The kids just started their last nine weeks of school which means it is time to think about signing up for summer camp. If you live in the Charleston, South Carolina, area or plan to visit us this summer, we would love to have you join us for our annual Rock Detectives Camp. The camp will be held at the Park West Recreation Building in Mount Pleasant, South Carolina, on June 16 through 20, 2014 from 1:00 pm until 4:00 pm.
Each day of the camp has a different theme.
- Day 1 = Minerals
- Day 2 = Igneous Rocks
- Day 3 = Sedimentary Rocks
- Day 4 = Metamorphic Rocks
- Day 5 = The Rock Cycle
On the first day, the kids receive and decorate a rock box to hold their collection that they assemble during the camp. Each day begins with a puzzle related to the day’s theme then a short lesson about minerals, rocks or the rock cycle. Each day of the camp, the kids receive two mineral or rock samples to identify and keep for their own collection that coincide with the day’s theme. On Rock Cycle day, the campers receive “mystery” samples that may be either minerals or rocks.
Each day, the kids will perform experiments related to mineral and rock formation including growing salt crystals, making and exploding a volcano, making edible metamorphic rocks, panning for crystals and more. During the camp, kids will participate in a Rock Bingo tournament and play Rock Jeopardy. You can sign up for the camp here.
If you do not live in our area but know a group of kids who might love attending Rock Detectives Camp, you can throw one yourself! My entire Rock Detectives Camp plan is available in our Rock Detectives Camp Guide. The guide includes the information you need to teach a week-long camp including, handouts, activity plans, supply lists, suggested rock and mineral samples for each day, the Rock Bingo game cards and call slips and the Rock Jeopardy board, questions and answers, and additional activities for extra time at camp. If you need rock and mineral samples, we give you a code for a discount on anything in our store for your camp. You can view details about the camp guide here.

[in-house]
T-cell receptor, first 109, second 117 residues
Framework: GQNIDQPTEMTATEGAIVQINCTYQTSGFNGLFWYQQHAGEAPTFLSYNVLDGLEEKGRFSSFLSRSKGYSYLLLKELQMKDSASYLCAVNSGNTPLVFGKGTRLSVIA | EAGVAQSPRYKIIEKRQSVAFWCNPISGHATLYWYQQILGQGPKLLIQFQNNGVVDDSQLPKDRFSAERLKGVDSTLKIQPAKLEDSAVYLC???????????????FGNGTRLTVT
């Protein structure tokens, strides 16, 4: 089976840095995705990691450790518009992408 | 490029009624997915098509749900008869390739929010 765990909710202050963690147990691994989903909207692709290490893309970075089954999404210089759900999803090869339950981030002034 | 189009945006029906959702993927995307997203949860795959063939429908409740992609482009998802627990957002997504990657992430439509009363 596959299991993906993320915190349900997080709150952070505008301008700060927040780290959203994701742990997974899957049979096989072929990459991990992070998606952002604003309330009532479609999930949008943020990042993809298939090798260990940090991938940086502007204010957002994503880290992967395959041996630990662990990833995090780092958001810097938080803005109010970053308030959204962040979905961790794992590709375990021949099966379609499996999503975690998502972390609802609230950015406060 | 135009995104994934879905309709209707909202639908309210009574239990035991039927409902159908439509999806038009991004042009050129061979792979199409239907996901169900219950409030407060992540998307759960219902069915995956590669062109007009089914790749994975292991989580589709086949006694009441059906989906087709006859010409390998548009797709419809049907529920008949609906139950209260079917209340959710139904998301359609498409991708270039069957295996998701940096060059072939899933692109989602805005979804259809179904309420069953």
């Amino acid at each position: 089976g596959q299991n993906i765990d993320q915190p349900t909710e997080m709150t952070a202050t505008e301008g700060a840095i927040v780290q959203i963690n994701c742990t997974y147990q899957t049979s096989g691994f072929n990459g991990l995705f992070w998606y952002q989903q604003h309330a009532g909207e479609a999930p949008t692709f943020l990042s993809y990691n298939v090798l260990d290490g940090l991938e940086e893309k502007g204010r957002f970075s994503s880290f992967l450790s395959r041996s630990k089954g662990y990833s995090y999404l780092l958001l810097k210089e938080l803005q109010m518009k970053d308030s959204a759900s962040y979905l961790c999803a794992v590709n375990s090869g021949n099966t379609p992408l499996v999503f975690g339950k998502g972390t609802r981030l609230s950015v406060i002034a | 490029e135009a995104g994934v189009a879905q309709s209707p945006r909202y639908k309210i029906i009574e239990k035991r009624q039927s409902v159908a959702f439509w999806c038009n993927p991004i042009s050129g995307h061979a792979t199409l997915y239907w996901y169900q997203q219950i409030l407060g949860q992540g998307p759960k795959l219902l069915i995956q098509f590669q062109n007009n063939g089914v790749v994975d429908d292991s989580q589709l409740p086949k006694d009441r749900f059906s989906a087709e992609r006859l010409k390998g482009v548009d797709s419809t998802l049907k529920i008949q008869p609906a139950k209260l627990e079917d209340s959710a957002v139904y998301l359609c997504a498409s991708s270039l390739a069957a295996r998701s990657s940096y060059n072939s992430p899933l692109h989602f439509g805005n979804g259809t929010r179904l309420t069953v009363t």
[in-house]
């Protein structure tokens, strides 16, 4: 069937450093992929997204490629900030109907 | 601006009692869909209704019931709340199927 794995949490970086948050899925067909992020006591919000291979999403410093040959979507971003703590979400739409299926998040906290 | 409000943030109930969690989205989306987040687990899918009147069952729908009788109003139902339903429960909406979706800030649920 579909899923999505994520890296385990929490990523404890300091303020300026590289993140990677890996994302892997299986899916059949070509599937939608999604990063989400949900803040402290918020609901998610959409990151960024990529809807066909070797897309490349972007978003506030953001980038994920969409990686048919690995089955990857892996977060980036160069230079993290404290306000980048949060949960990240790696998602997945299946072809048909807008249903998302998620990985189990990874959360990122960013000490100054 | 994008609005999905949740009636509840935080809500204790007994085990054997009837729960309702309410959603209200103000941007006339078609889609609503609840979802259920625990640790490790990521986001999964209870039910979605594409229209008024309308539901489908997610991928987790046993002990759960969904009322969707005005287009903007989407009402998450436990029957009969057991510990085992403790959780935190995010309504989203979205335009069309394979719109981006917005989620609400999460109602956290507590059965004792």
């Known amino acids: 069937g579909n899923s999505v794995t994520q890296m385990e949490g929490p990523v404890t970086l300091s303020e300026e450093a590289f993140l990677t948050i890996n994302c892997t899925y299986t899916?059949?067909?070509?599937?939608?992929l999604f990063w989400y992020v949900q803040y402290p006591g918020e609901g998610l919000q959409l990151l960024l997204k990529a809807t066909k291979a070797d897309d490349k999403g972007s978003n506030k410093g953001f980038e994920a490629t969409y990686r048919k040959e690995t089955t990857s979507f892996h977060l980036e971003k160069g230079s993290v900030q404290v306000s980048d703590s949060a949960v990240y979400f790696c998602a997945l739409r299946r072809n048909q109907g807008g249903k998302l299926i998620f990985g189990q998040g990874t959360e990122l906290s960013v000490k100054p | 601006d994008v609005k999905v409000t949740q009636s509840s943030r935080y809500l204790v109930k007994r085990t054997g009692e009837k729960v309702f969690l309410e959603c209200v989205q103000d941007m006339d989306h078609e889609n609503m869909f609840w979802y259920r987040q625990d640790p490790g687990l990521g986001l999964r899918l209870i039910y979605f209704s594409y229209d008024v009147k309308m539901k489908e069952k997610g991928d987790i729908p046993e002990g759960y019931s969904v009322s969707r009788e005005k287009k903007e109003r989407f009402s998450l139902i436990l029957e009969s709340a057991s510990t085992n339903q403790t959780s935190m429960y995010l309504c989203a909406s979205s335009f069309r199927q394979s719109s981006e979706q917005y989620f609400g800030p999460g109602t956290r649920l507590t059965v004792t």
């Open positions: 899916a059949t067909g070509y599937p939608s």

If you have questions about our camp in June 2014 or about our Rock Detectives Camp Guide, please email me and I’ll be happy to help!
Ellie wrote to us and asked what notes she should take when she finds rocks and minerals. Geologists use fancy notebooks with waterproof paper but a simple notebook and pen will work just fine. Watch this video to find out what notes to take and how to organize your notebook for your collection.
What types of notes do you take?
Remember, if you have questions about geology like Ellie did, please send them to us at the Ask-a-Geologist page on our website or email them to me at email@example.com.